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It has become well nigh impossible to read non-partisan analysis of the twists and turns in the US election count. Everything now seems to split on party lines: courts, columnists and popular opinion. A possible exception is Anthony Lewis‘s column in today’s New York Times. Lewis is one of the few people who has made a career out of understanding the Supreme Court and explaining it to the lay public.

“Whether Al Gore or George W. Bush becomes president will make a difference, but it has never been a cosmic question. Whoever wins, the country will survive. But now a truly profound interest is at stake in the election controversy. That is the public’s acceptance of the great power exercised by the Supreme Court of the United States.”

As a politically aware American (although one resident in Europe for 22 years), I’ve followed the election aftermath closely. Until this weekend, I was confident that the very essence of the US polity would be preserved: no country is more profoundly a nation built from laws than the US. The clearly partisan vote of the US Supreme Court makes that assumption very rocky. Today’s hearing will either confirm the dangerous, shifting sands or reinstate a more important solid foundation for the nation.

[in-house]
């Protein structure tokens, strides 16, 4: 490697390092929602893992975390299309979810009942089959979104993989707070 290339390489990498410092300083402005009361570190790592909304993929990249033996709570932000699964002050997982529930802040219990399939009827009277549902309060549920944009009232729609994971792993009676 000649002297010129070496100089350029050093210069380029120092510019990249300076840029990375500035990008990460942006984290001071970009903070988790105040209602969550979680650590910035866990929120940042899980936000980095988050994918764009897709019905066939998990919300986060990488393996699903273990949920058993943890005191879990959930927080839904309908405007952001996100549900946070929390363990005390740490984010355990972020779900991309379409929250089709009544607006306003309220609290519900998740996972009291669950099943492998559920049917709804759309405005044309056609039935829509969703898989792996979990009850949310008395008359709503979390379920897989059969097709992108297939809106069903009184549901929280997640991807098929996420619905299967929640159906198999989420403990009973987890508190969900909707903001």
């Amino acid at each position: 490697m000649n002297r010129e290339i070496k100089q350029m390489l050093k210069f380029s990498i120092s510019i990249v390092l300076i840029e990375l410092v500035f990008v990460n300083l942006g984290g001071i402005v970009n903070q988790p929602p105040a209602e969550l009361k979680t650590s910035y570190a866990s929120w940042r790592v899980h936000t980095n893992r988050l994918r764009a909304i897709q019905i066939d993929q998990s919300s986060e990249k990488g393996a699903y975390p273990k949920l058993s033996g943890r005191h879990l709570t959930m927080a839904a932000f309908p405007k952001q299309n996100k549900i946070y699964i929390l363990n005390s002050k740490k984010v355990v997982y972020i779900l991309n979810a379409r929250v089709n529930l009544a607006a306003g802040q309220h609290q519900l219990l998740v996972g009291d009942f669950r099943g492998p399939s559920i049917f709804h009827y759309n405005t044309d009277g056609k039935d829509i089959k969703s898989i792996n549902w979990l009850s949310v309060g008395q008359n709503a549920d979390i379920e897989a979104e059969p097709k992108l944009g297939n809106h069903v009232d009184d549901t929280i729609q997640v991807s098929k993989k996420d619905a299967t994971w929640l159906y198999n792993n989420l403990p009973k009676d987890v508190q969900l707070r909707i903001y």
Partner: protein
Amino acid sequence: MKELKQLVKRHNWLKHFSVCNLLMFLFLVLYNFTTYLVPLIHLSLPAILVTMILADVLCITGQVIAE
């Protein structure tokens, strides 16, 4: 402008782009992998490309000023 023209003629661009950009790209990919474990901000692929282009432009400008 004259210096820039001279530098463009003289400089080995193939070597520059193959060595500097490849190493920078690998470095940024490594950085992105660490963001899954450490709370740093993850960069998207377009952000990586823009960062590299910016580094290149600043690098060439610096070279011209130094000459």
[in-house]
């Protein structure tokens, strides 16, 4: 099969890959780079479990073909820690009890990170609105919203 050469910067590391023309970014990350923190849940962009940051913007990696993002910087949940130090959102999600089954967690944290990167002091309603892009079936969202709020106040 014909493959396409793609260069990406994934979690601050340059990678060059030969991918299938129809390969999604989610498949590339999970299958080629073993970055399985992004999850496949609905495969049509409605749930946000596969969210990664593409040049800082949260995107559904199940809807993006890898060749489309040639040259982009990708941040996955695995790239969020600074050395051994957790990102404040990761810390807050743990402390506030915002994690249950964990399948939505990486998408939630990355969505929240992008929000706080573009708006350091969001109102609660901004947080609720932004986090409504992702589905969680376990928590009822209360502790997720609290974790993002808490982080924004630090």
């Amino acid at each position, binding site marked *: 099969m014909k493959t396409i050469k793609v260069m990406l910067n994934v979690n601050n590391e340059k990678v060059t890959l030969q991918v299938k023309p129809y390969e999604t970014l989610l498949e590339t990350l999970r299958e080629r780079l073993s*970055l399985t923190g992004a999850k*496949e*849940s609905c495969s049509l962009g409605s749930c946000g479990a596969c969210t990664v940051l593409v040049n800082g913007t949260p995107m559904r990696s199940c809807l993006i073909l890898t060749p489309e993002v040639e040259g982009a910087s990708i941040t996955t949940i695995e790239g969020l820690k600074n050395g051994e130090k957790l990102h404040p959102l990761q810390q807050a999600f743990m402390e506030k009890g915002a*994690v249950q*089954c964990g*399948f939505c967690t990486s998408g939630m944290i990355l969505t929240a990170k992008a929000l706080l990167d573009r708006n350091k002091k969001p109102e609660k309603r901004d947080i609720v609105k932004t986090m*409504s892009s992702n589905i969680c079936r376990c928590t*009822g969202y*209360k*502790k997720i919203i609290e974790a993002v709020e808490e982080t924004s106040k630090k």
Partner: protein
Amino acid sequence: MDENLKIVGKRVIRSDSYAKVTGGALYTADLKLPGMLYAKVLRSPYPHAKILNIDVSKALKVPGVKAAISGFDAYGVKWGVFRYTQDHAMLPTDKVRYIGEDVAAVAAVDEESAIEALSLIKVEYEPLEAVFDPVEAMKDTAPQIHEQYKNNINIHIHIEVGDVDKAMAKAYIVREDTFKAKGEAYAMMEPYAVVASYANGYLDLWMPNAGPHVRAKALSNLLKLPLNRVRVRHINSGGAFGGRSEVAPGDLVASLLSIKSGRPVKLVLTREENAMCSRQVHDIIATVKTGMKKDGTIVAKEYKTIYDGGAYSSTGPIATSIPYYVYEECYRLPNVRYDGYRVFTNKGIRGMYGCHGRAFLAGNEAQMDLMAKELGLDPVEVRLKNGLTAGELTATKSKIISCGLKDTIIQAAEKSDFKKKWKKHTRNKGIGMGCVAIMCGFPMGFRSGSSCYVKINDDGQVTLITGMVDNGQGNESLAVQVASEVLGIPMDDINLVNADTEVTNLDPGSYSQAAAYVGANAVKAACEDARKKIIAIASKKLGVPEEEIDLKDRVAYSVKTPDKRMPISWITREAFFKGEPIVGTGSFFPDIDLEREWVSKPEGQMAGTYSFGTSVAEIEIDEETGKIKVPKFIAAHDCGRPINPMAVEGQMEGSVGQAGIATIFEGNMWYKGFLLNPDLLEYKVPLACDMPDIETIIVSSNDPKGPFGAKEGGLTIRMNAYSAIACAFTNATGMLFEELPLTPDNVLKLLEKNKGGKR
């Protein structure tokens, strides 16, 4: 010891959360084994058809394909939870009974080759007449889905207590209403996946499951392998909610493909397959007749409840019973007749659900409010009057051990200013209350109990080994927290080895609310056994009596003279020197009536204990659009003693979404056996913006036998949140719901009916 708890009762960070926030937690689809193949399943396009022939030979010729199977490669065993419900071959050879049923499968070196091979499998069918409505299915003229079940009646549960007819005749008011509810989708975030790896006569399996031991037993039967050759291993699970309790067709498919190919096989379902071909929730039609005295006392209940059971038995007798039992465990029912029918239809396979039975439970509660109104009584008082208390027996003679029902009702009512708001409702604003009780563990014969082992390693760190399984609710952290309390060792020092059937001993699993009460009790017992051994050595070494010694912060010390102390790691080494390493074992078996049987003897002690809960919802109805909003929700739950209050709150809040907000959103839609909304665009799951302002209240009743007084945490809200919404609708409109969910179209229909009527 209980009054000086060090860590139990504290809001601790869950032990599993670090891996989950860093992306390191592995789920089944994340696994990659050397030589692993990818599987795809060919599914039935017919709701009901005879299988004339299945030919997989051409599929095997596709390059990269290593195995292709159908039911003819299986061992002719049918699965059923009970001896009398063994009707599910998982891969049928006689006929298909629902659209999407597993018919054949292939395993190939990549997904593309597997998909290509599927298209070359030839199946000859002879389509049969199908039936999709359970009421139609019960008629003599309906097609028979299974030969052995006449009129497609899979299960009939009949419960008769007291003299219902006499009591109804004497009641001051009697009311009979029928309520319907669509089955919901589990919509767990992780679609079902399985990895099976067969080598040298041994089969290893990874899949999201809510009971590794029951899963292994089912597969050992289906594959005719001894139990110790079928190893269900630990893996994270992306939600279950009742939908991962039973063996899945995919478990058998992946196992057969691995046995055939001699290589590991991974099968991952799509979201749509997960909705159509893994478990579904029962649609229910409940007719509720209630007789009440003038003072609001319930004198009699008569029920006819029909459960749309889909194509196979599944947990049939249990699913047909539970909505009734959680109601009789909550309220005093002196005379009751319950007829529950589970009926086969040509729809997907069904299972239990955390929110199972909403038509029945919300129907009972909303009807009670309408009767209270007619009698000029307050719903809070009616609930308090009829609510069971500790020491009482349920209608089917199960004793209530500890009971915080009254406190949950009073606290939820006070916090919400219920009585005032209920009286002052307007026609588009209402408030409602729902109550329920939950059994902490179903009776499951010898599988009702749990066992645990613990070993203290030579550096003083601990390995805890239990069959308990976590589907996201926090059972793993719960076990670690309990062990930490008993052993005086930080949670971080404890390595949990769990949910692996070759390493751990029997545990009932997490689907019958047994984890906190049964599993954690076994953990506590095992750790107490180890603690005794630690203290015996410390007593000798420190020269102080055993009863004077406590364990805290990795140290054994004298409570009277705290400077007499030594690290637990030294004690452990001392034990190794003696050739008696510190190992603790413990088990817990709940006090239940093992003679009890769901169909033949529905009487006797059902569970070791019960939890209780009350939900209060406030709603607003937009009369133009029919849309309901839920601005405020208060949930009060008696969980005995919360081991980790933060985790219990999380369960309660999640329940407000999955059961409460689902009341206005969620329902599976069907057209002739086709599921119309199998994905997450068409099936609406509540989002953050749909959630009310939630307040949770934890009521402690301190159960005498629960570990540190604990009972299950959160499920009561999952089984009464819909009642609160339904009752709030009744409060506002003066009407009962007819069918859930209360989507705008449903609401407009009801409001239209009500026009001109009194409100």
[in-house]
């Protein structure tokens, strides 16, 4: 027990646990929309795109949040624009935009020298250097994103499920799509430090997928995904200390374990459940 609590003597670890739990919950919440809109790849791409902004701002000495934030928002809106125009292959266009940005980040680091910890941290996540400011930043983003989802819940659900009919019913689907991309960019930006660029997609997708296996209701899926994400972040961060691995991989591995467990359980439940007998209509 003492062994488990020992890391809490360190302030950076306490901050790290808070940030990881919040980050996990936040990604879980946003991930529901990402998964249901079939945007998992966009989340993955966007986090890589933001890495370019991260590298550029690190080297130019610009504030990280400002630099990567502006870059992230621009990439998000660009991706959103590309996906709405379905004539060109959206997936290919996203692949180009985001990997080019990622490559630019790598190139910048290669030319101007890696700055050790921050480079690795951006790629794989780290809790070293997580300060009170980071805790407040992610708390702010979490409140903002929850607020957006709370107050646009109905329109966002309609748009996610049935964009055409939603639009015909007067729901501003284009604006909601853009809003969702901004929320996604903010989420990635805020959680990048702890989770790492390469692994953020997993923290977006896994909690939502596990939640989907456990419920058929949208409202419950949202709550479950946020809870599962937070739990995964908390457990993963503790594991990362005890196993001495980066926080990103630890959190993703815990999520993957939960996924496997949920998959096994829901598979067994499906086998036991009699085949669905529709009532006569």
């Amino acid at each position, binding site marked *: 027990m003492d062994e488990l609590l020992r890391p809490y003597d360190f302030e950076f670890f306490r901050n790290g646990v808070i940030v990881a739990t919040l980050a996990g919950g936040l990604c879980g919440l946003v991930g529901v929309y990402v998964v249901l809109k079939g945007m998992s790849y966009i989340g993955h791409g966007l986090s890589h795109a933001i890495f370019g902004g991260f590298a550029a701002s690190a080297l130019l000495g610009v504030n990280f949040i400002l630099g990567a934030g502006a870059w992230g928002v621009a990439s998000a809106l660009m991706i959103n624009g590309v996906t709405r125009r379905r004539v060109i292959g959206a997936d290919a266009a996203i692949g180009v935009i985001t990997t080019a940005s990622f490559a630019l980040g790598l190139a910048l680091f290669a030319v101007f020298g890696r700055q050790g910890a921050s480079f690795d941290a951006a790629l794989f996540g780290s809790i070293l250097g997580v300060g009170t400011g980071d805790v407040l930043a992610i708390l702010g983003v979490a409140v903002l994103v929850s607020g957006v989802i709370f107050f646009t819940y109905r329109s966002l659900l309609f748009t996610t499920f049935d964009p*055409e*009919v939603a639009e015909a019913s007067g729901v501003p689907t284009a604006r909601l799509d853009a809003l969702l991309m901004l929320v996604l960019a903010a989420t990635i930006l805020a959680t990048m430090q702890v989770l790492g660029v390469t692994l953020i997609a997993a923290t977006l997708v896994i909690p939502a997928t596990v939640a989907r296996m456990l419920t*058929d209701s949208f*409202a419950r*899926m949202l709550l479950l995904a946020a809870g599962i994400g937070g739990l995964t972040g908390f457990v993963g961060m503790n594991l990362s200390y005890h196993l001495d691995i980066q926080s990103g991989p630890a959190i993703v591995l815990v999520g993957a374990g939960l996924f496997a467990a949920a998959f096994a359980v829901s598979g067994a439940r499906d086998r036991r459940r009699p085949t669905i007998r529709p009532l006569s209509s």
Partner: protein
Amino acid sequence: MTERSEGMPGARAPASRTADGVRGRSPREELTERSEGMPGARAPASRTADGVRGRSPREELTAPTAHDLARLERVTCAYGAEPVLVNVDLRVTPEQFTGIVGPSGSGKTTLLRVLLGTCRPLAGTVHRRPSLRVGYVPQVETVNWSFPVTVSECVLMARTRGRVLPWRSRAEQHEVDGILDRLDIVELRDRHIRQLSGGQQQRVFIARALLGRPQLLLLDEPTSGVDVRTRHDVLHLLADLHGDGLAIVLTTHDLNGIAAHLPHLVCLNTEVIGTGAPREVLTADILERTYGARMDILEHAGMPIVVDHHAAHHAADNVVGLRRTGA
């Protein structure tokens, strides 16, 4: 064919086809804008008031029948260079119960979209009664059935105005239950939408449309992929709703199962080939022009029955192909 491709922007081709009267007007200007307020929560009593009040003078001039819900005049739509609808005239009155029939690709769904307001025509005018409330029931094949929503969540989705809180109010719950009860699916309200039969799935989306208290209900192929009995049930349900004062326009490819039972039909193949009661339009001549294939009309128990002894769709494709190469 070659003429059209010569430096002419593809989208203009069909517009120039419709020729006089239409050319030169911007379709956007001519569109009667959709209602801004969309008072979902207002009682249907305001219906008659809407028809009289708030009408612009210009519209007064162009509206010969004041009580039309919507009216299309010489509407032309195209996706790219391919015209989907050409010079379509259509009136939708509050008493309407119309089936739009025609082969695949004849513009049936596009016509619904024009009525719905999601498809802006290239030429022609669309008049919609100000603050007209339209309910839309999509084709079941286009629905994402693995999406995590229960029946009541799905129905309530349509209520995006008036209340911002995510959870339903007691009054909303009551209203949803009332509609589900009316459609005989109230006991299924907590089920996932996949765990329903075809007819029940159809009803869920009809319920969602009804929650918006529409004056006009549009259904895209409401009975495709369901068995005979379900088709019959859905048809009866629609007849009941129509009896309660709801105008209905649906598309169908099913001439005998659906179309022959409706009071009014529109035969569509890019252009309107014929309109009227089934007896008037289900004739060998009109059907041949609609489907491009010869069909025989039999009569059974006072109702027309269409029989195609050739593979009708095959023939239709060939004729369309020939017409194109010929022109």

***Nice wasn’t so nice
Not that anyone outside Europe noticed, but the EU’s 15 governments met over the weekend in Nice to decide a raft of constitutional and strategic issues. On a dispassionate analysis, the prospect of expanding the EU to embrace another dozen or so states to the east should surely have ranked first in priorities. But in the national interest-obsessed world of the EU, hard political trading came first. In the end, success was achieved, but it did nothing to encourage faith in Europe’s political institutions

***Eddie or not
I recently lamented that Eddie George, governor of the Bank of England, wanted to be called Sir Edward. He told Sir David Frost (now do you see how nonsensical these titles are) yesterday, “Call me Eddie.” There are more sensible people around. My former cricket teammate, Howard Davies, was knighted at the same time as Eddie. But the Financial Services Authority chairman apparently charges his staff ¬£1 a go if they use his title.

***Where did I put that walrus skull?
Nathan Myhrvold, one-time CTO of Microsoft, is a journalist’s godsend. He’s also immense fun, with a completely infectious laugh. Forbes captures well part of Nathan’s exuberance: “‘This is a helluva walrus,’ says Myhrvold jauntily, trying unsuccessfully to lift the large skull out of its box. ‘I looked at a bunch of them and, trust me, this is the pick of the litter.'”

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